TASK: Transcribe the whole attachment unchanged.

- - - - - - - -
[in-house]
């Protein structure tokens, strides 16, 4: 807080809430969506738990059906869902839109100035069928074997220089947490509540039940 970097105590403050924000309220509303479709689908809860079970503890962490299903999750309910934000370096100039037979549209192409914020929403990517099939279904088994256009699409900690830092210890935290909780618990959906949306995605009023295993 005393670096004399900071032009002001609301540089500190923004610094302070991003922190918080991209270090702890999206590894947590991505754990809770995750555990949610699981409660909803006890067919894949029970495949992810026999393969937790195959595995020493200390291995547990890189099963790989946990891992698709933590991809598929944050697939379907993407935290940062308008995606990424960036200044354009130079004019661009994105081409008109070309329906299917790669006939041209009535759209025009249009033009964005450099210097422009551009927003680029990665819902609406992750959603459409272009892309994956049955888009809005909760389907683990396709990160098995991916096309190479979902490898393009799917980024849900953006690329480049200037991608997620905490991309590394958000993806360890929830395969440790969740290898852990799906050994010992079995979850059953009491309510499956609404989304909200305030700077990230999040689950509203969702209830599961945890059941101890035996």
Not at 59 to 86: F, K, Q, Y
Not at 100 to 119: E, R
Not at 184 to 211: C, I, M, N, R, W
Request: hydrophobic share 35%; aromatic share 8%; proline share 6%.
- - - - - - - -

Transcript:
[in-house]
């Protein structure tokens, strides 16, 4: 807080809430969506738990059906869902839109100035069928074997220089947490509540039940 970097105590403050924000309220509303479709689908809860079970503890962490299903999750309910934000370096100039037979549209192409914020929403990517099939279904088994256009699409900690830092210890935290909780618990959906949306995605009023295993 005393670096004399900071032009002001609301540089500190923004610094302070991003922190918080991209270090702890999206590894947590991505754990809770995750555990949610699981409660909803006890067919894949029970495949992810026999393969937790195959595995020493200390291995547990890189099963790989946990891992698709933590991809598929944050697939379907993407935290940062308008995606990424960036200044354009130079004019661009994105081409008109070309329906299917790669006939041209009535759209025009249009033009964005450099210097422009551009927003680029990665819902609406992750959603459409272009892309994956049955888009809005909760389907683990396709990160098995991916096309190479979902490898393009799917980024849900953006690329480049200037991608997620905490991309590394958000993806360890929830395969440790969740290898852990799906050994010992079995979850059953009491309510499956609404989304909200305030700077990230999040689950509203969702209830599961945890059941101890035996």
Not at 59 to 86: F, K, Q, Y
Not at 100 to 119: E, R
Not at 184 to 211: C, I, M, N, R, W
Request: hydrophobic share 35%; aromatic share 8%; proline share 6%.